Sadly, though, what starts out as a voyage into the possibilities of the beyond, becomes a very predictable survival story – riveting, to be sure, but anchored by the trite narrative arc of the triumph of the human spirit, as embodied by the ever-perky – but also immensely watchable – Sandra Bullock. The camera lavishes an unseemly amount of attention on Bullock’s buttocks – and the rest of her, as well, which is as perfectly sculpted as one would expect from a multi-million-dollar star. Call it eye-candy in space.
Richard Brody – in my opinion, the most discerning film critic in America right now – launches a devastating attack on the film in the online version of The New Yorker. His tirade is aimed at both the plodding humanist clichés of the film itself and the accolades the critics – like his colleague, David Denby – are lauding it with. In this fraternal sphere of mutual admiration, no real critical work can be done, according to Brody, and while I largely agree with his indictment of the film and its critical reception because it addresses a much larger problem, I take issue with his charge that it lacks any meaningful sense of interiority.
This clearly comes through in the back story scenes, where Clooney’s Matt Kowalski, the consummate veteran professional, unflappable in the face of crisis, drags out of Bullock’s character, the absurdly named Ryan Stone, her tragic history – motherhood, dead child, spiritual desolation – check, check and check. Cue grieving strings. The interiority is weak, yes; barely sketched out in the hackneyed way of many Hollywood movies, yet these characters do have inner lives, even if they consist of pure proceduralism and corny tics, as in Clooney's character, who listens to country music as he zooms about. The egregiously shameless and sentimental bait of the dead child smacks of the most cynical calculation, evidence of what Pauline Kael once called "contempt for the audience." One can easily imagine much more compelling arcs for both these characters. Instead they are reduced to components in a complex physics problem that also poses, preposterously, as a work of mourning.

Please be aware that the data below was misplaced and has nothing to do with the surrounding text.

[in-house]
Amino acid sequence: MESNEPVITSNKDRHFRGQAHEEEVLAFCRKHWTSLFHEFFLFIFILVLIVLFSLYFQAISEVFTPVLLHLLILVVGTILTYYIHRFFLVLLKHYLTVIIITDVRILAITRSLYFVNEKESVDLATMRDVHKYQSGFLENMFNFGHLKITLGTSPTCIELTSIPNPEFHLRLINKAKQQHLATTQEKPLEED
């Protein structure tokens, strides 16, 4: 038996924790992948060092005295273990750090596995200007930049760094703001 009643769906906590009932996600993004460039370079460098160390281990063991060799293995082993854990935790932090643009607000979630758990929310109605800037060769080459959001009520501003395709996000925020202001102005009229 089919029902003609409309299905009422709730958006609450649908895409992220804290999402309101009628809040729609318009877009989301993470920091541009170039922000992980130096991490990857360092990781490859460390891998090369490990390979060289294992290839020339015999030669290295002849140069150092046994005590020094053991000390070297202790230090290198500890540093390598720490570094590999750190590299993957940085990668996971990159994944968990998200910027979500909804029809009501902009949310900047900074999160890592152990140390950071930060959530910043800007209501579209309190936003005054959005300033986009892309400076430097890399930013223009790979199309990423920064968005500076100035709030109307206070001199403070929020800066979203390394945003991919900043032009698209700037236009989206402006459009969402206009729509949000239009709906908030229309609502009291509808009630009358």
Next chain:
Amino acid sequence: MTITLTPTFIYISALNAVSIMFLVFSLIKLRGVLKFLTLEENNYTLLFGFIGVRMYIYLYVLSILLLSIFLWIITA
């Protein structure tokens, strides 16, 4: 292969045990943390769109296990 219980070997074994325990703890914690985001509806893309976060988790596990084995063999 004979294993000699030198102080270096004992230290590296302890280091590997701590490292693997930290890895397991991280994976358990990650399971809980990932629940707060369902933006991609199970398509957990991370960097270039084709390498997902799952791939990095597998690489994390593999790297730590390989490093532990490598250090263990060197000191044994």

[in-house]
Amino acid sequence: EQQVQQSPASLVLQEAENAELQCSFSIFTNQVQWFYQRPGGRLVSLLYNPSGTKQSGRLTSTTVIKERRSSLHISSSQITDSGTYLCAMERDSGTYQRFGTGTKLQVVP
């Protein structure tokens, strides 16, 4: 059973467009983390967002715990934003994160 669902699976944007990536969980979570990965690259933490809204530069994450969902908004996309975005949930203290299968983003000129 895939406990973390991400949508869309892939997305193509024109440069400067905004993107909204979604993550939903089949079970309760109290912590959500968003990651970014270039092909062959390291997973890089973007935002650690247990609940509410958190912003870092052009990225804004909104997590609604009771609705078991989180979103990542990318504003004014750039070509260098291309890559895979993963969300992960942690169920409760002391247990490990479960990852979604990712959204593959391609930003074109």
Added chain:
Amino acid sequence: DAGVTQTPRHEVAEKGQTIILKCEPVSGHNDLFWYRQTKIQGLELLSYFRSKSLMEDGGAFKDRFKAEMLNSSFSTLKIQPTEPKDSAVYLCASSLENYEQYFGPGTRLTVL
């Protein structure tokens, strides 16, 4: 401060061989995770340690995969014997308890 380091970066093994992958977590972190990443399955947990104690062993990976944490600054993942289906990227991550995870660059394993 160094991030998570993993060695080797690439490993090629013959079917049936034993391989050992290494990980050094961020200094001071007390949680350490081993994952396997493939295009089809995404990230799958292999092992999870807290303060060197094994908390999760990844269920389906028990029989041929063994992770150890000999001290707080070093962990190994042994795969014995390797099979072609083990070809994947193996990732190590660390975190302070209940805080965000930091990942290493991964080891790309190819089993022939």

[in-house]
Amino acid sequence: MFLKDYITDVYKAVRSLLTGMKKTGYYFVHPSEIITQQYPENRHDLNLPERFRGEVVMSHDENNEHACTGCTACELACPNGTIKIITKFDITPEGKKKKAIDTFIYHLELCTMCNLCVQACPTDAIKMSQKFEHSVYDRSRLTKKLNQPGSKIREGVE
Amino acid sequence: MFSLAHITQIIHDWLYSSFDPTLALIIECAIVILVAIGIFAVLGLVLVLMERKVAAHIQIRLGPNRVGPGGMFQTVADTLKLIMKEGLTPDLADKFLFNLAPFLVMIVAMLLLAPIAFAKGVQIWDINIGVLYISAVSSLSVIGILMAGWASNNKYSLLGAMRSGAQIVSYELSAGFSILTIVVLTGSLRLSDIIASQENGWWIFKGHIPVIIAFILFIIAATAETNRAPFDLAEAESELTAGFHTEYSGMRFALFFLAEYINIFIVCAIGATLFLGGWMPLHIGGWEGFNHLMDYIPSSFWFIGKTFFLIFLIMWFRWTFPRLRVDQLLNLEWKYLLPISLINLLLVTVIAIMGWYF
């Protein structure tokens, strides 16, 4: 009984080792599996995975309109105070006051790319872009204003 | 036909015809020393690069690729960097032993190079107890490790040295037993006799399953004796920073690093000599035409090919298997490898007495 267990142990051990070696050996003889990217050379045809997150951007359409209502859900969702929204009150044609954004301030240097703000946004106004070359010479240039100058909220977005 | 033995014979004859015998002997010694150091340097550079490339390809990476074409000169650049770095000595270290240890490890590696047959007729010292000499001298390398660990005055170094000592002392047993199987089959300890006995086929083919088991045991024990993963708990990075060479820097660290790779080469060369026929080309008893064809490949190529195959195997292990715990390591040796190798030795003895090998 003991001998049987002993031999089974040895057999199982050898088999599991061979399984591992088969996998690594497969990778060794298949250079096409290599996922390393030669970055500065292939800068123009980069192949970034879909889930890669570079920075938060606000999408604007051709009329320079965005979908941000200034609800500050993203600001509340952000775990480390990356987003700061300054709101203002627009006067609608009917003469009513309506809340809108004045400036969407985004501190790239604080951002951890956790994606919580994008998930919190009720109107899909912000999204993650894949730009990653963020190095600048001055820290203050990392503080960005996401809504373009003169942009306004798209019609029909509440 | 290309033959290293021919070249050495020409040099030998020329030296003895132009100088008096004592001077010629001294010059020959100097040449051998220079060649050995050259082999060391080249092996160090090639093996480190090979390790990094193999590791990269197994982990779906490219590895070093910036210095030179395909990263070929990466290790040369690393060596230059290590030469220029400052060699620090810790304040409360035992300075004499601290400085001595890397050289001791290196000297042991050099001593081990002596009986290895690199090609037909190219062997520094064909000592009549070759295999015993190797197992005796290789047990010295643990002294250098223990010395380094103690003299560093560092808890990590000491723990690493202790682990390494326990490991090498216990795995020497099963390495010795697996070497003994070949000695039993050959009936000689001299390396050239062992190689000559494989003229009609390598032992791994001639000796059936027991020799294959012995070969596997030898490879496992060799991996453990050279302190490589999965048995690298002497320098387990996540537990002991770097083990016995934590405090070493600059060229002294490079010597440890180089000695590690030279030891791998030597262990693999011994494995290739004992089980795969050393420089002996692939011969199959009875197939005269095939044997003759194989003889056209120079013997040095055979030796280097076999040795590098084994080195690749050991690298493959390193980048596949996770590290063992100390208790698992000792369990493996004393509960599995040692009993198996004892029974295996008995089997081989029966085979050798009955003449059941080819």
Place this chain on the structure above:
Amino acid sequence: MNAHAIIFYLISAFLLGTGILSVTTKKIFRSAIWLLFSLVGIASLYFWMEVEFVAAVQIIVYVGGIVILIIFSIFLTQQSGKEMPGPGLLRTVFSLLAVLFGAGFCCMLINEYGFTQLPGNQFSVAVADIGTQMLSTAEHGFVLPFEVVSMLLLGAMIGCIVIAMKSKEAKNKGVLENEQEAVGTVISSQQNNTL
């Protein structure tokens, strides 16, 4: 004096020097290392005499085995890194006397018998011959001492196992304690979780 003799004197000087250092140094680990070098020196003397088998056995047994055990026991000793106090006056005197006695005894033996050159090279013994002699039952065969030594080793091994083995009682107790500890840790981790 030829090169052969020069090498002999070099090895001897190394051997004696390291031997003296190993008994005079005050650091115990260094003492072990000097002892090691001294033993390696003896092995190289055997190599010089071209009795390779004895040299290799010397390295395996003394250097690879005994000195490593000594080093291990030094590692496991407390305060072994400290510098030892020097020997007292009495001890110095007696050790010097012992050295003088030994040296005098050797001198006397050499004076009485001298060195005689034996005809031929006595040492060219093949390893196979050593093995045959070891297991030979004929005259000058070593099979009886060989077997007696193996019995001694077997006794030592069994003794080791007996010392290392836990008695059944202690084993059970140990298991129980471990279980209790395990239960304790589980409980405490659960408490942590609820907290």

Brody seems largely disappointed that Gravity is not 2001. But what film could be? Still, he's right – a huge opportunity was wasted here. Gravity is all technique and no soul.
The film goes downhill after Kowalski sacrifices himself to save Stone. The rest is simply a gripping procedural about a plucky-bootstrap-gal and Bullock is great in it. This is what she does best. (That, and zero-gee striptease, which, reader, seen in 3D, on an XD digital screen, is not totally a bad thing. But no, really, it is).
The film’s geopolitical logic takes over then, with Stone leap-frogging from the ruined American shuttle to the International Space Station and its Russian ship and from there to the Chinese shuttle, also a bit of a shambles thanks to the Russians setting off a chain-reaction of catastrophic space debris by blowing up one of their own spy satellites. Meet the new Cold War, just like the old Cold War.
Bullock manages not only to maneuver her way through this impossible crisis, but put behind her the devastation of her young daughter’s death. It becomes, in other words, not a story about the consequences of the colonization of orbital space, but one woman’s triumph over adversity. That she’s a) American and b) swiftly and shrewdly commands both Russian and Chinese space modules to splashdown in a final, over the top, rebirth, is not really worth commenting on. Except to say that anxieties about globalization and the precarious future of a totalized capitalist sphere of influence for which orbital space is both the actual and allegorical arena are the film's repressed contents. The entire network of international trade and exchange -- in other words, the world system, the totality of circumnavigated space -- is fragile, always poised on the brink of the next calamity.